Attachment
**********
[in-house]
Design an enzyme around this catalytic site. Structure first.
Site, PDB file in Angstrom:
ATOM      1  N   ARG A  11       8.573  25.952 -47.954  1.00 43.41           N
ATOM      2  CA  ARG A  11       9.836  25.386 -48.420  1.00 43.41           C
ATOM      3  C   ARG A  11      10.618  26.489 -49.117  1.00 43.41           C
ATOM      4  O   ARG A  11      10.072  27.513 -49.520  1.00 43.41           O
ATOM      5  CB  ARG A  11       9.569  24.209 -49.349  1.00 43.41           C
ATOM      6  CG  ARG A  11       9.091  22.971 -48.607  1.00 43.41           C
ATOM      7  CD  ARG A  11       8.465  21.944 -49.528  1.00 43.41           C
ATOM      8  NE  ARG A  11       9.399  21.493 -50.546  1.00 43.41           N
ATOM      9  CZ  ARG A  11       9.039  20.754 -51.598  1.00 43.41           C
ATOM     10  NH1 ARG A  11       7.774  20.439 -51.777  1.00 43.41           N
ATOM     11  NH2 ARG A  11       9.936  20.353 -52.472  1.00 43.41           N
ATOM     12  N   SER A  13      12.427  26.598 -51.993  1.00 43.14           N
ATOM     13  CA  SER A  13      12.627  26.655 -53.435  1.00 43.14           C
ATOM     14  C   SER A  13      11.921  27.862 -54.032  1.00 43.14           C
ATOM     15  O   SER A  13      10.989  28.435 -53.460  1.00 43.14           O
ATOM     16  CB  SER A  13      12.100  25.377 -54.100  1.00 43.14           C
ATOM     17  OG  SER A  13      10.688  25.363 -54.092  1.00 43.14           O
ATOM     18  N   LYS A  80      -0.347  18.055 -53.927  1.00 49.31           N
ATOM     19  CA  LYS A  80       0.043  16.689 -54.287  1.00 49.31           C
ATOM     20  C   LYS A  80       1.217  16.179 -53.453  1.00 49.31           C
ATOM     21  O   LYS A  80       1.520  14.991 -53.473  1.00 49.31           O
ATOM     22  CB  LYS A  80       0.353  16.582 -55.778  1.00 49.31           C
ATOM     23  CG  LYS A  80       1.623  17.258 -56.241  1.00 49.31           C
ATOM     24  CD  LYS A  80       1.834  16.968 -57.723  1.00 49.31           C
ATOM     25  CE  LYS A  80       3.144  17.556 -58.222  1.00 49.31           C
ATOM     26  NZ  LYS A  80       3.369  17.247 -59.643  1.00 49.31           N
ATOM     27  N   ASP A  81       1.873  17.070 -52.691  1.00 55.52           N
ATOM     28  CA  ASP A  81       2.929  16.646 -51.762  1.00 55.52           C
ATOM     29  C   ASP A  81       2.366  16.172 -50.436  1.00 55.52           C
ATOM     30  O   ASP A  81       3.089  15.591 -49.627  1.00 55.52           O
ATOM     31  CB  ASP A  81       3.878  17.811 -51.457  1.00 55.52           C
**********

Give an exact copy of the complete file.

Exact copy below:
[in-house]
Design an enzyme around this catalytic site. Structure first.
Site, PDB file in Angstrom:
ATOM      1  N   ARG A  11       8.573  25.952 -47.954  1.00 43.41           N
ATOM      2  CA  ARG A  11       9.836  25.386 -48.420  1.00 43.41           C
ATOM      3  C   ARG A  11      10.618  26.489 -49.117  1.00 43.41           C
ATOM      4  O   ARG A  11      10.072  27.513 -49.520  1.00 43.41           O
ATOM      5  CB  ARG A  11       9.569  24.209 -49.349  1.00 43.41           C
ATOM      6  CG  ARG A  11       9.091  22.971 -48.607  1.00 43.41           C
ATOM      7  CD  ARG A  11       8.465  21.944 -49.528  1.00 43.41           C
ATOM      8  NE  ARG A  11       9.399  21.493 -50.546  1.00 43.41           N
ATOM      9  CZ  ARG A  11       9.039  20.754 -51.598  1.00 43.41           C
ATOM     10  NH1 ARG A  11       7.774  20.439 -51.777  1.00 43.41           N
ATOM     11  NH2 ARG A  11       9.936  20.353 -52.472  1.00 43.41           N
ATOM     12  N   SER A  13      12.427  26.598 -51.993  1.00 43.14           N
ATOM     13  CA  SER A  13      12.627  26.655 -53.435  1.00 43.14           C
ATOM     14  C   SER A  13      11.921  27.862 -54.032  1.00 43.14           C
ATOM     15  O   SER A  13      10.989  28.435 -53.460  1.00 43.14           O
ATOM     16  CB  SER A  13      12.100  25.377 -54.100  1.00 43.14           C
ATOM     17  OG  SER A  13      10.688  25.363 -54.092  1.00 43.14           O
ATOM     18  N   LYS A  80      -0.347  18.055 -53.927  1.00 49.31           N
ATOM     19  CA  LYS A  80       0.043  16.689 -54.287  1.00 49.31           C
ATOM     20  C   LYS A  80       1.217  16.179 -53.453  1.00 49.31           C
ATOM     21  O   LYS A  80       1.520  14.991 -53.473  1.00 49.31           O
ATOM     22  CB  LYS A  80       0.353  16.582 -55.778  1.00 49.31           C
ATOM     23  CG  LYS A  80       1.623  17.258 -56.241  1.00 49.31           C
ATOM     24  CD  LYS A  80       1.834  16.968 -57.723  1.00 49.31           C
ATOM     25  CE  LYS A  80       3.144  17.556 -58.222  1.00 49.31           C
ATOM     26  NZ  LYS A  80       3.369  17.247 -59.643  1.00 49.31           N
ATOM     27  N   ASP A  81       1.873  17.070 -52.691  1.00 55.52           N
ATOM     28  CA  ASP A  81       2.929  16.646 -51.762  1.00 55.52           C
ATOM     29  C   ASP A  81       2.366  16.172 -50.436  1.00 55.52           C
ATOM     30  O   ASP A  81       3.089  15.591 -49.627  1.00 55.52           O
ATOM     31  CB  ASP A  81       3.878  17.811 -51.457  1.00 55.52           C